Working with XML Documents

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XML (Extensible Markup Language) is a markup language for describing structured data. It is similar to HTML, except that the tags describe the structure of information rather than its display characteristics. XML documents provide a simple, text-based way to store information so that it is easily searched or edited. They are often used as a standard, transportable format for data in Web applications, business-to-business communication, and so on.

XML documents provide a hierarchical view of a body of data. Tags in the XML document describe the role or meaning of each data element, as illustrated in the following document, which describes a collection of stock holdings:

<?xml version="1.0" encoding="UTF-8" standalone="no" ?>
<!DOCTYPE StockHoldings SYSTEM "sth.dtd">
   <Stock exchange="NASDAQ">
   <Stock exchange="NYSE">
      <shares type="preferred">25</shares>

This example illustrates a number of typical elements in an XML document. The first line is a processing instruction called an XML declaration. The XML declaration is optional but you should include it, because it supplies useful information about the document. In this example, the XML declaration says that the document conforms to version 1.0 of the XML specification, that it uses UTF-8 character encoding, and that it relies on an external file for its document type declaration (DTD).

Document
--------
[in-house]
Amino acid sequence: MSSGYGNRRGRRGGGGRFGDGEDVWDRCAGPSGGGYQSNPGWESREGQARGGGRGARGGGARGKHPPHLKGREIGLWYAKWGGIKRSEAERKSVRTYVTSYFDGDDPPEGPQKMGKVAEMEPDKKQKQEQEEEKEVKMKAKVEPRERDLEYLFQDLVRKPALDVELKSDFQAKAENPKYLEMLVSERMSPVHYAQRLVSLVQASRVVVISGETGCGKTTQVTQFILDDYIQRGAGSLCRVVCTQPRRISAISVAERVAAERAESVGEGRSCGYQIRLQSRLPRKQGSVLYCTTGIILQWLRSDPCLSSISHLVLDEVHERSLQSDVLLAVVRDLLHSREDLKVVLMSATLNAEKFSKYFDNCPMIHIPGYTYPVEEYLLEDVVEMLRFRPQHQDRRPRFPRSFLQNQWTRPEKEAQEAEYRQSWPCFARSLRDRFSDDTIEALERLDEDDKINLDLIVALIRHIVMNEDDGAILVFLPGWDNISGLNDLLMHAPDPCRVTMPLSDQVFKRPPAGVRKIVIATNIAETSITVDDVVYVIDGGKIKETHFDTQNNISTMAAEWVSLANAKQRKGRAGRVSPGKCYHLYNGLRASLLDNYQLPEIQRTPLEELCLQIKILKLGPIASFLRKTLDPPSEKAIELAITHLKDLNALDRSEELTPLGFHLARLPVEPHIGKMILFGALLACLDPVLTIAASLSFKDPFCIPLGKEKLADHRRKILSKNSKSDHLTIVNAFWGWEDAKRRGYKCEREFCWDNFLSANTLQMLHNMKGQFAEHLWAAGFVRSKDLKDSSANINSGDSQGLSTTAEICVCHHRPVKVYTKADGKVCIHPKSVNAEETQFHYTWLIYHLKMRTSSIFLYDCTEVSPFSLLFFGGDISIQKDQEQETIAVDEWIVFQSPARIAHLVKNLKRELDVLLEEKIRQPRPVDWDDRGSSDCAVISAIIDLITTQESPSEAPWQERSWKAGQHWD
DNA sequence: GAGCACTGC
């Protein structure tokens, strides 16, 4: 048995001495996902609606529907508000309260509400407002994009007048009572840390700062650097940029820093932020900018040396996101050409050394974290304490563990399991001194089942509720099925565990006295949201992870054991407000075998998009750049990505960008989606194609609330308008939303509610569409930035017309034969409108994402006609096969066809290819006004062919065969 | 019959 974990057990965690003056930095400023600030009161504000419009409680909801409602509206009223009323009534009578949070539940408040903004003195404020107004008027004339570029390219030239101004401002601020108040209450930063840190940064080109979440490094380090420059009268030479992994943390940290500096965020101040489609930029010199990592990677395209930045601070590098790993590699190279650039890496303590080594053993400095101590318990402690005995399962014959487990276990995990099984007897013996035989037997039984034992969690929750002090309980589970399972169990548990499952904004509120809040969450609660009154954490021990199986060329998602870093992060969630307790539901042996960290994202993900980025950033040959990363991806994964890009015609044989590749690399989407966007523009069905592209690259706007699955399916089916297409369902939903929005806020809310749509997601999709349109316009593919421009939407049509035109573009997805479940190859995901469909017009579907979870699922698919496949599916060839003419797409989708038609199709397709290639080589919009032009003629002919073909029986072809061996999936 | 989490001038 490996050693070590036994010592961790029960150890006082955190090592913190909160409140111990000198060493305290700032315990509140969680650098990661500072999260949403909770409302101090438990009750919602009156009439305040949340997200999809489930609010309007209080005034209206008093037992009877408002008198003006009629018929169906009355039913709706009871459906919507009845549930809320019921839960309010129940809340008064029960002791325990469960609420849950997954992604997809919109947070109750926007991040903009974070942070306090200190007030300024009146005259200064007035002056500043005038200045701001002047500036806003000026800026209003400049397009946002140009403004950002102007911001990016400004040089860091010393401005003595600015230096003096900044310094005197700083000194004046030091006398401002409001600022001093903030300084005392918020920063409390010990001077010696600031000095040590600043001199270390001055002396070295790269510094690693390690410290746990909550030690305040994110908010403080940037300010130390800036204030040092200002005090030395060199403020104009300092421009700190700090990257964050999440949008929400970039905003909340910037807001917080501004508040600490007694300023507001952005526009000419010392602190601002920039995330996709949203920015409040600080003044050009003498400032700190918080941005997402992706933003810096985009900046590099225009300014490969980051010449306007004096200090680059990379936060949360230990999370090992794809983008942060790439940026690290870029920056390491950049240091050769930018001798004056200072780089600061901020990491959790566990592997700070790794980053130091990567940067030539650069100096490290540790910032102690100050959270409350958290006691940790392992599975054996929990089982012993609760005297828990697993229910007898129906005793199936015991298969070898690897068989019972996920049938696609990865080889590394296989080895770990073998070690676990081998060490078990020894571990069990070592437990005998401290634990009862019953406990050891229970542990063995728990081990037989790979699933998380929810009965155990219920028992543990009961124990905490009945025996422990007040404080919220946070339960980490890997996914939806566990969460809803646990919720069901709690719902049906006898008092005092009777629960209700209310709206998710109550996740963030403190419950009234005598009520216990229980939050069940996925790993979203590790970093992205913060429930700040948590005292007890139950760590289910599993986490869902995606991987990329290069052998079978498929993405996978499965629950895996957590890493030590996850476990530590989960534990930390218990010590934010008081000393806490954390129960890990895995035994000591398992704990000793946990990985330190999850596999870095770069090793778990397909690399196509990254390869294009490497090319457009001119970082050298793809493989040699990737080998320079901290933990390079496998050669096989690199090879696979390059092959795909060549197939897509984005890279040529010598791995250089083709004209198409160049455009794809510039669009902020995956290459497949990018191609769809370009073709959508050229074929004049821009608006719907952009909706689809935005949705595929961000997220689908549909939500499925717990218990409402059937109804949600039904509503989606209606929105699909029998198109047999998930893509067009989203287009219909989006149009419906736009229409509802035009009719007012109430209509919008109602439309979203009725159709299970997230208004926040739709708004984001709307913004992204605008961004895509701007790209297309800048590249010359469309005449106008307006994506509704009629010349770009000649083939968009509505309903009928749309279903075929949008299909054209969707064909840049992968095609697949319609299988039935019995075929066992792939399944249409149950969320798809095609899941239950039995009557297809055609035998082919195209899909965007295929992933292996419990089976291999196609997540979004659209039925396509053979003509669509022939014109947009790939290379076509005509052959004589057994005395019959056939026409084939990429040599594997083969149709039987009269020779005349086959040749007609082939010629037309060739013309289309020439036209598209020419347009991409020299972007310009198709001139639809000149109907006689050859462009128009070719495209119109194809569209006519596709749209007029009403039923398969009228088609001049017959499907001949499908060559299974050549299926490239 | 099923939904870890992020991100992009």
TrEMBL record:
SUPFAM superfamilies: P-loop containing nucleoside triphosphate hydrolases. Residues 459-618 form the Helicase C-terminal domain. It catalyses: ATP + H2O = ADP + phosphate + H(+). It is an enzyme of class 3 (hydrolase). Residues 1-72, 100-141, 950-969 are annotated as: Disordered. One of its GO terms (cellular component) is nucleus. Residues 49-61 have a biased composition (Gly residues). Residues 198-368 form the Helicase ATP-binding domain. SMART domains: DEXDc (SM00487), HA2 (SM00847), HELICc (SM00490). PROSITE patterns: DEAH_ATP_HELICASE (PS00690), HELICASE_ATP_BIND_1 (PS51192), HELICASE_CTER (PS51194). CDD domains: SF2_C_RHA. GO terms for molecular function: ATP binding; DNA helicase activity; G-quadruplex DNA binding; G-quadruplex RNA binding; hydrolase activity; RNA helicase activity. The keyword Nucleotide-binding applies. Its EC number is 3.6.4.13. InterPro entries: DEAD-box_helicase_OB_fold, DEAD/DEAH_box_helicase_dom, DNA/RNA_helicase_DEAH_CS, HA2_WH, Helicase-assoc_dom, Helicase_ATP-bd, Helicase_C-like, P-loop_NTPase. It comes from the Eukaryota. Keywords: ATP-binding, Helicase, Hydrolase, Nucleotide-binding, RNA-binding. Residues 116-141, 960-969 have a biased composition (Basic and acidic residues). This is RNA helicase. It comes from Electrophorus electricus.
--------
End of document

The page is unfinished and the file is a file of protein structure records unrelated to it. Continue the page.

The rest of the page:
The second line, which begins with the <!DOCType> tag, is a document type declaration (DTD). The DTD is how XML defines the structure of the document. It imposes syntax rules on the elements (tags) contained in the document. The DTD in this example references another file (sth.dtd). In this case, the structure is defined in an external file, rather than in the XML document itself. Other types of files that describe the structure of an XML document include Reduced XML Data (XDR) and XML schemas (XSD).

The remaining lines are organized into a hierarchy with a single root node (the <StockHoldings> tag). Each node in this hierarchy contains either a set of child nodes, or a text value. Some of the tags (the <Stock> and <shares> tags) include attributes, which are Name=Value pairs that provide details on how to interpret the tag.

Although it is possible to work directly with the text in an XML document, typically applications use additional tools for parsing and editing the data. W3C defines a set of standard interfaces for representing a parsed XML document called the Document Object Model (DOM). A number of vendors provide XML parsers that implement the DOM interfaces to let you interpret and edit XML documents more easily.

RAD Studio provides a number of additional tools for working with XML documents. These tools use a DOM parser that is provided by another vendor, and make it even easier to work with XML documents.They include

See Also